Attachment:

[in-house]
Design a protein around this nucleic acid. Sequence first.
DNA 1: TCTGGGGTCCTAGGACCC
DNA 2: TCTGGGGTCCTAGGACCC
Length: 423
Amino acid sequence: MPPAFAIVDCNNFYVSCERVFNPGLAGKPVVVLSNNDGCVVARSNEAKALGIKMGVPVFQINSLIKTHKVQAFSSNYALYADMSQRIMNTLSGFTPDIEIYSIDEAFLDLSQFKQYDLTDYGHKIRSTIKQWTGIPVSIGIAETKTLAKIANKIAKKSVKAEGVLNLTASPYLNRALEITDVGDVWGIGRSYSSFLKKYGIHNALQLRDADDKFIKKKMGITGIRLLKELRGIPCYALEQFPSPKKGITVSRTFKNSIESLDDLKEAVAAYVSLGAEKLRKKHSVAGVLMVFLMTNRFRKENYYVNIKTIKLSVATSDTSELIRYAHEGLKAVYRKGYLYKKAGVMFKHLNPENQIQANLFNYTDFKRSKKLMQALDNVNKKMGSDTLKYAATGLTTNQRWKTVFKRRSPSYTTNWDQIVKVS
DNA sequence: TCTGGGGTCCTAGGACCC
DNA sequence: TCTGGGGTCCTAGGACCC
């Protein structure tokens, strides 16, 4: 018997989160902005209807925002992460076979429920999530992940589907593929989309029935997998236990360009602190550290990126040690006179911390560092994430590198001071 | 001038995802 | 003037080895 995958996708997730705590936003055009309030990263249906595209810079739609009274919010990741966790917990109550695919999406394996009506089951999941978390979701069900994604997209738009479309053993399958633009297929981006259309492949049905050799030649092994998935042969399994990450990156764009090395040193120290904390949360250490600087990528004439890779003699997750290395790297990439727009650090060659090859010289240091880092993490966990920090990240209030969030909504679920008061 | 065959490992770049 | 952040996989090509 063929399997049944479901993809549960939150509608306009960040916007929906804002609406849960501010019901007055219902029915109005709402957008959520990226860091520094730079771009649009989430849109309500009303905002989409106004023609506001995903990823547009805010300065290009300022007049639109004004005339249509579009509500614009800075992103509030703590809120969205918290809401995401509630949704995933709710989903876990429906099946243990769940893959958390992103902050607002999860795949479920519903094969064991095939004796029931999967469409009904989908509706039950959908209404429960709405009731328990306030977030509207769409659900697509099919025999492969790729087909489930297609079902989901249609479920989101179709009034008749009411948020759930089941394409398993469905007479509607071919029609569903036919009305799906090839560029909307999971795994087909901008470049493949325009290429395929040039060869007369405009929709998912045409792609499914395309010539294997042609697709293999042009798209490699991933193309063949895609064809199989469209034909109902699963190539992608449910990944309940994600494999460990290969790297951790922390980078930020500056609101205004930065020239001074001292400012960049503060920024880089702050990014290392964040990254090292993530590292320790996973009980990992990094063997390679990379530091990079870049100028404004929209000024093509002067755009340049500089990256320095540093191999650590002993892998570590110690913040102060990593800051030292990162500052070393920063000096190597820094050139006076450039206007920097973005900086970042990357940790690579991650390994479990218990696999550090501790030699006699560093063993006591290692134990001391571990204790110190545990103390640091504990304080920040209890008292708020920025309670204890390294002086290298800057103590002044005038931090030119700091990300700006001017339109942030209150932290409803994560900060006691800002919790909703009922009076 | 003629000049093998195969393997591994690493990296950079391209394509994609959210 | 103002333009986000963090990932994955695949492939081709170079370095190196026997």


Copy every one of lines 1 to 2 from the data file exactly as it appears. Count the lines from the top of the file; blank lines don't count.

[in-house]
Design a protein around this nucleic acid. Sequence first.